Northeast Times

Out of the Furnace tackles tough topics

Chris­ti­an Bale (left) and Ca­sey Af­fleck in Out of the Fur­nace, set in Brad­dock, a steel mill town just east of Pitt­s­burgh.

Is there a bet­ter set­ting for a bleak, gritty flick than West­ern Pennsylvania? Set in Brad­dock, a steel mill town just east of Pitt­s­burgh where 35 per­cent of the pop­u­la­tion is un­der the poverty line, the set­ting is one of the few things that Out of the Fur­nace gets right. 

The pa­cing was a big prob­lem. Out of the Fur­nace took a while to get go­ing and left a lit­any of un­answered ques­tions along the way.

Dir­ect­or Scott Cooper’s last flick was the well-re­garded Crazy Heart, which won an Oscar for Jeff Bridges. While the per­form­ances from stars Chris­ti­an Bale and Ca­sey Af­fleck are com­mit­ted and be­liev­ably au­then­t­ic, I don’t pre­dict any awards in the fu­ture for Out of the Fur­nace.

The main char­ac­ter is Rus­sell Baze (Bale), who works at that steel mill and takes care of his ail­ing fath­er. He’s got a re­l­at­ively happy home life with his girl­friend Lena (Zoe Saldana), and they hope to start a fam­ily soon. Rus­sell’s little broth­er Rod­ney (Af­fleck) took a dif­fer­ent path hop­ing to es­cape the steel mill life and en­lis­ted in the Army. After sev­er­al tours in Ir­aq, when Rod­ney re­turns back home he gets in­to some gambling debt and pur­sues bare-knuckle fight­ing as a way to pay off his debts.

Mean­while, Rus­sell has been sen­tenced to pris­on for an un­for­tu­nate in­cid­ent and isn’t there to help guide his little bro. Rus­sell’s girl­friend also leaves him for the more stable Brad­dock po­lice chief (Forest Whi­taker).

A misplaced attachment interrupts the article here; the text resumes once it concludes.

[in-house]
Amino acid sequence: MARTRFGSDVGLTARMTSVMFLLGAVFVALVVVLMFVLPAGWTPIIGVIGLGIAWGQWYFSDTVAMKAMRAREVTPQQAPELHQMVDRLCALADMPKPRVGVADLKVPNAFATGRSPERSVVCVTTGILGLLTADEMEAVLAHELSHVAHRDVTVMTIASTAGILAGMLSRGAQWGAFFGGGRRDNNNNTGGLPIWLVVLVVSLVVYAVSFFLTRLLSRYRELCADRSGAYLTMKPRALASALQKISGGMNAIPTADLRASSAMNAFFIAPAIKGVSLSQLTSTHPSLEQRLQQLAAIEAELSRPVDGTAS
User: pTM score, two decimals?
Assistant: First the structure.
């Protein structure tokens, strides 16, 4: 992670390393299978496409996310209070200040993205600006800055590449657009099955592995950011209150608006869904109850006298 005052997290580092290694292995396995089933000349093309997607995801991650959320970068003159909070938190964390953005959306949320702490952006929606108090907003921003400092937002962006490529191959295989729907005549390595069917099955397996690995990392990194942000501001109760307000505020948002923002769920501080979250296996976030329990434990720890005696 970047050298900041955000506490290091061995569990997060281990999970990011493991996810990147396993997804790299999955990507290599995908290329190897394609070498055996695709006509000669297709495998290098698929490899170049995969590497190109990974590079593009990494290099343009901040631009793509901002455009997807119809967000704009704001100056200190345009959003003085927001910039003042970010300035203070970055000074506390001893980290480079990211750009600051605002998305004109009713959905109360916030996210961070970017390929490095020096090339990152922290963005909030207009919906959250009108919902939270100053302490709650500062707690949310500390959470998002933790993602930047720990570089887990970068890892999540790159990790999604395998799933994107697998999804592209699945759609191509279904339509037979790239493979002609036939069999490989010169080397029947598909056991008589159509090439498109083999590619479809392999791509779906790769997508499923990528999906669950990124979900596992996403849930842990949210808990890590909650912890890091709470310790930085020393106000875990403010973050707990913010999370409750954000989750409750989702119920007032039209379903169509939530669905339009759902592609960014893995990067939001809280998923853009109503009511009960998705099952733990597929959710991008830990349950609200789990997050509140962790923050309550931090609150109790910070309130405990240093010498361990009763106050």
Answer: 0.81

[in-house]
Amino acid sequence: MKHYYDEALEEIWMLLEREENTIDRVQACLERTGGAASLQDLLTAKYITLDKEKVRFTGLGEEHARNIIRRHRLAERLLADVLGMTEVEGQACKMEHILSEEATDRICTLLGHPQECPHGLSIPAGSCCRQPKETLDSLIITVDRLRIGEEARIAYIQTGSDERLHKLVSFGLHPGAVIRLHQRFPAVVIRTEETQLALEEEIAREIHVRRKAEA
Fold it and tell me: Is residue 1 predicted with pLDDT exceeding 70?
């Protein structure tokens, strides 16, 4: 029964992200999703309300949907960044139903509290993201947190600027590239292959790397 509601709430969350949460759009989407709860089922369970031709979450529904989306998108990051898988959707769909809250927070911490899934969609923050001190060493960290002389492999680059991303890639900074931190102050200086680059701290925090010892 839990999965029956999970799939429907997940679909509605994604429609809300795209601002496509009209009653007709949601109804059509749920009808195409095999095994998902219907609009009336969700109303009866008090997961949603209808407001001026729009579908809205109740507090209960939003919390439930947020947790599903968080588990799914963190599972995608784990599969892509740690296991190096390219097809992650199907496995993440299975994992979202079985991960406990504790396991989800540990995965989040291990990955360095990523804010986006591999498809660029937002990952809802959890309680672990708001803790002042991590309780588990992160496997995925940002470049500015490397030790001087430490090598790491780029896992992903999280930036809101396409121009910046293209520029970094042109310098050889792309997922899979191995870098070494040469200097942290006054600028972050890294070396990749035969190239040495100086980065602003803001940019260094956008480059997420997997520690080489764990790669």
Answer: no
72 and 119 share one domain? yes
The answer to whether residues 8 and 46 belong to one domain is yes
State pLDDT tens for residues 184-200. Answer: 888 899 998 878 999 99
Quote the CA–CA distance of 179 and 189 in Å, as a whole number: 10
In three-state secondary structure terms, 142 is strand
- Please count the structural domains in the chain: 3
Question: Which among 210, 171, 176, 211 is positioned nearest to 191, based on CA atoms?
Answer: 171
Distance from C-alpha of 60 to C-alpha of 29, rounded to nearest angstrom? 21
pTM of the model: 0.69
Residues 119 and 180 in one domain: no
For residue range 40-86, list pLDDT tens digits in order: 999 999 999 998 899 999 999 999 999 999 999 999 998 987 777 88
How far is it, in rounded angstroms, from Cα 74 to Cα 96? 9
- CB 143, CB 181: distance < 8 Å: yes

Think­ing it will help pay off his debts once and for all, Rod­ney gets mixed up with the evil fight pro­moter/meth deal­er Har­lan De­Groat (Woody Har­rel­son) from the Ramapo Moun­tains of New Jer­sey and sub­sequently dis­ap­pears. Rus­sell, now re­leased from pris­on, re­fuses to let the au­thor­it­ies handle his broth­er’s dis­ap­pear­ance and seeks his own an­swers and re­venge.

I found the dis­ap­pear­ance of Rod­ney the most in­ter­est­ing part of the movie, but un­for­tu­nately that didn’t hap­pen un­til about three-fourths of the way through. Up un­til that point, it was all very slow mov­ing for me.

If you’re look­ing for something dif­fer­ent from the more fam­ily-friendly movies like Frozen and The Hun­ger Games: Catch­ing Fire, Out of the Fur­nace cer­tainly fits the bill. The bare-knuckle fight­ing scenes were a bit much for me, as was the vi­ol­ence un­der­taken by Har­lan De­Groat. Even the movie’s open­ing scene es­tab­lishes Har­lan as a bad guy not to be messed with when he’s on a date with a lady at the drive-in movie theat­er. Woody Har­rel­son is an ex­cel­lent vil­lain, as he has been in many movies pri­or to this one.

Out of the Fur­nace tackles some tough top­ics dur­ing its two-hour runtime. Happy, hol­i­day movie this is not. Now, not every movie needs a Hol­ly­wood end­ing, and I don’t mind a gritty movie every now and then, but ul­ti­mately Out of the Fur­nace didn’t leave me want­ing to see more. ••

Movie Grade: C+

You can reach at shorbrook@bsmphilly.com.

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